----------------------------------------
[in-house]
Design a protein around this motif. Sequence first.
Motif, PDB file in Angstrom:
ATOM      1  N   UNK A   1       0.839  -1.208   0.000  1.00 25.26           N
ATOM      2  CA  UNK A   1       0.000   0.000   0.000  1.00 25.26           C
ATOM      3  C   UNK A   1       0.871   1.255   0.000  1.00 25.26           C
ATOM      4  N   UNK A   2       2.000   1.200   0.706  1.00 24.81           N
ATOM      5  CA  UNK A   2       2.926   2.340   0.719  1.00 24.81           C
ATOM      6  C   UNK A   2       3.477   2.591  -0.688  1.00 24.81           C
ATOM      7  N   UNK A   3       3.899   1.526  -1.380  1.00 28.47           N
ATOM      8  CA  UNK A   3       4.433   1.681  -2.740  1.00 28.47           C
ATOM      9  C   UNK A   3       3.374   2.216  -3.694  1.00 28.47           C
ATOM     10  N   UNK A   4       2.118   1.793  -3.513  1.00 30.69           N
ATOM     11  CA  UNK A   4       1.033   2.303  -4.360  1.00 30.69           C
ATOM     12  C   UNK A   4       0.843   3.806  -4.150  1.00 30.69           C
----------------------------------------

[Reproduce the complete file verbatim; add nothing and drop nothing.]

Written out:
[in-house]
Design a protein around this motif. Sequence first.
Motif, PDB file in Angstrom:
ATOM      1  N   UNK A   1       0.839  -1.208   0.000  1.00 25.26           N
ATOM      2  CA  UNK A   1       0.000   0.000   0.000  1.00 25.26           C
ATOM      3  C   UNK A   1       0.871   1.255   0.000  1.00 25.26           C
ATOM      4  N   UNK A   2       2.000   1.200   0.706  1.00 24.81           N
ATOM      5  CA  UNK A   2       2.926   2.340   0.719  1.00 24.81           C
ATOM      6  C   UNK A   2       3.477   2.591  -0.688  1.00 24.81           C
ATOM      7  N   UNK A   3       3.899   1.526  -1.380  1.00 28.47           N
ATOM      8  CA  UNK A   3       4.433   1.681  -2.740  1.00 28.47           C
ATOM      9  C   UNK A   3       3.374   2.216  -3.694  1.00 28.47           C
ATOM     10  N   UNK A   4       2.118   1.793  -3.513  1.00 30.69           N
ATOM     11  CA  UNK A   4       1.033   2.303  -4.360  1.00 30.69           C
ATOM     12  C   UNK A   4       0.843   3.806  -4.150  1.00 30.69           C